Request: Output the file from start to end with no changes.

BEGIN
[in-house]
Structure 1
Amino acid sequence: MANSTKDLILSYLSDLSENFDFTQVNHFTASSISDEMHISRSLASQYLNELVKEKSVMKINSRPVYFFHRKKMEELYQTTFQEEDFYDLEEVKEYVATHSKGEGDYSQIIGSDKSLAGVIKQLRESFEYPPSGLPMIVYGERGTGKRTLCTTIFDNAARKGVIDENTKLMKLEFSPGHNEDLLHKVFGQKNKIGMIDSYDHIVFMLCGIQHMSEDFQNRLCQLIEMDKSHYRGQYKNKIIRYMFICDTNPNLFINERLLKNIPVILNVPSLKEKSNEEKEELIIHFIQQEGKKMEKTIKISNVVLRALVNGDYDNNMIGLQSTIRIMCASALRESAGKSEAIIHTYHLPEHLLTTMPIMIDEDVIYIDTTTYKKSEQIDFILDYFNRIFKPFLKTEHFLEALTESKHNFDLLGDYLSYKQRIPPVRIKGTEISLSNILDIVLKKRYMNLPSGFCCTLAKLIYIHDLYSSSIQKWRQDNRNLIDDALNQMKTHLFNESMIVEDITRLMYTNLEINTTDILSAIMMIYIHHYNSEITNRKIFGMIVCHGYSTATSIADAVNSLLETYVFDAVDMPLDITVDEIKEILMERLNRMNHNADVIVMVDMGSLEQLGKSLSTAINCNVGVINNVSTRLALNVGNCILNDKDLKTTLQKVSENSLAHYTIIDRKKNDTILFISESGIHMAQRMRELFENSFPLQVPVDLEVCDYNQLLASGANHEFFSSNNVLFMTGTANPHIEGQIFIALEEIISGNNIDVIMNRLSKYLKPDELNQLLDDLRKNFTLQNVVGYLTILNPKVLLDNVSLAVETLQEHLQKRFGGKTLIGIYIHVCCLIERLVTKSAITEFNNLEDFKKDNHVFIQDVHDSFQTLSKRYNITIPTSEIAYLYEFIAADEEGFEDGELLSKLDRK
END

[in-house]
Structure 1
Amino acid sequence: MANSTKDLILSYLSDLSENFDFTQVNHFTASSISDEMHISRSLASQYLNELVKEKSVMKINSRPVYFFHRKKMEELYQTTFQEEDFYDLEEVKEYVATHSKGEGDYSQIIGSDKSLAGVIKQLRESFEYPPSGLPMIVYGERGTGKRTLCTTIFDNAARKGVIDENTKLMKLEFSPGHNEDLLHKVFGQKNKIGMIDSYDHIVFMLCGIQHMSEDFQNRLCQLIEMDKSHYRGQYKNKIIRYMFICDTNPNLFINERLLKNIPVILNVPSLKEKSNEEKEELIIHFIQQEGKKMEKTIKISNVVLRALVNGDYDNNMIGLQSTIRIMCASALRESAGKSEAIIHTYHLPEHLLTTMPIMIDEDVIYIDTTTYKKSEQIDFILDYFNRIFKPFLKTEHFLEALTESKHNFDLLGDYLSYKQRIPPVRIKGTEISLSNILDIVLKKRYMNLPSGFCCTLAKLIYIHDLYSSSIQKWRQDNRNLIDDALNQMKTHLFNESMIVEDITRLMYTNLEINTTDILSAIMMIYIHHYNSEITNRKIFGMIVCHGYSTATSIADAVNSLLETYVFDAVDMPLDITVDEIKEILMERLNRMNHNADVIVMVDMGSLEQLGKSLSTAINCNVGVINNVSTRLALNVGNCILNDKDLKTTLQKVSENSLAHYTIIDRKKNDTILFISESGIHMAQRMRELFENSFPLQVPVDLEVCDYNQLLASGANHEFFSSNNVLFMTGTANPHIEGQIFIALEEIISGNNIDVIMNRLSKYLKPDELNQLLDDLRKNFTLQNVVGYLTILNPKVLLDNVSLAVETLQEHLQKRFGGKTLIGIYIHVCCLIERLVTKSAITEFNNLEDFKKDNHVFIQDVHDSFQTLSKRYNITIPTSEIAYLYEFIAADEEGFEDGELLSKLDRK